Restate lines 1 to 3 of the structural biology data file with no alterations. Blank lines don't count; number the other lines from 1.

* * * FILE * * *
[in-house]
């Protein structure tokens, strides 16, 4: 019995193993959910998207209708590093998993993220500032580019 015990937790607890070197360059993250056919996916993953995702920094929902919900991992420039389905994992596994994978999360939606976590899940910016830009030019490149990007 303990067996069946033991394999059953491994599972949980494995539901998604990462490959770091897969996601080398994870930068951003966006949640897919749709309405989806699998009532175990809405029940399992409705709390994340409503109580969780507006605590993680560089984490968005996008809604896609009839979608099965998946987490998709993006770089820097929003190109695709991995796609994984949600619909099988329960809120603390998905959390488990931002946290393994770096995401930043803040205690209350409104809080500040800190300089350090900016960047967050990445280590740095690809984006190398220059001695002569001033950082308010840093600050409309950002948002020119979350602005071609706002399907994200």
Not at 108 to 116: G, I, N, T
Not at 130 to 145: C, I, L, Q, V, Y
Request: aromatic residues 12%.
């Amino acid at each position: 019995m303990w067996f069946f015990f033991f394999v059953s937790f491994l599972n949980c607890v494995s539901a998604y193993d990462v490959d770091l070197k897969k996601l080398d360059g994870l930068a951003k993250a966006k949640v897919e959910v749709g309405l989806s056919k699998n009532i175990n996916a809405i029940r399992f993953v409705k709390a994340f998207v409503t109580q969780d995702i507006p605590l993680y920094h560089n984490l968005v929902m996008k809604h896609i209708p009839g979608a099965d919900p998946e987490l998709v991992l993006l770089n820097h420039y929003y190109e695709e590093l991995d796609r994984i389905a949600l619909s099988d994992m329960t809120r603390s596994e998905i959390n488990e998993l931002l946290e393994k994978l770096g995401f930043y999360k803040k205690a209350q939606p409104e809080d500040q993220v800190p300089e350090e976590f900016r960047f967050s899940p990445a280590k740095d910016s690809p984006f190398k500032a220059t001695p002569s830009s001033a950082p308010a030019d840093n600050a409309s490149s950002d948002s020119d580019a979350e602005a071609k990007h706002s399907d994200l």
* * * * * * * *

[in-house]
């Protein structure tokens, strides 16, 4: 019995193993959910998207209708590093998993993220500032580019 015990937790607890070197360059993250056919996916993953995702920094929902919900991992420039389905994992596994994978999360939606976590899940910016830009030019490149990007 303990067996069946033991394999059953491994599972949980494995539901998604990462490959770091897969996601080398994870930068951003966006949640897919749709309405989806699998009532175990809405029940399992409705709390994340409503109580969780507006605590993680560089984490968005996008809604896609009839979608099965998946987490998709993006770089820097929003190109695709991995796609994984949600619909099988329960809120603390998905959390488990931002946290393994770096995401930043803040205690209350409104809080500040800190300089350090900016960047967050990445280590740095690809984006190398220059001695002569001033950082308010840093600050409309950002948002020119979350602005071609706002399907994200």
Not at 108 to 116: G, I, N, T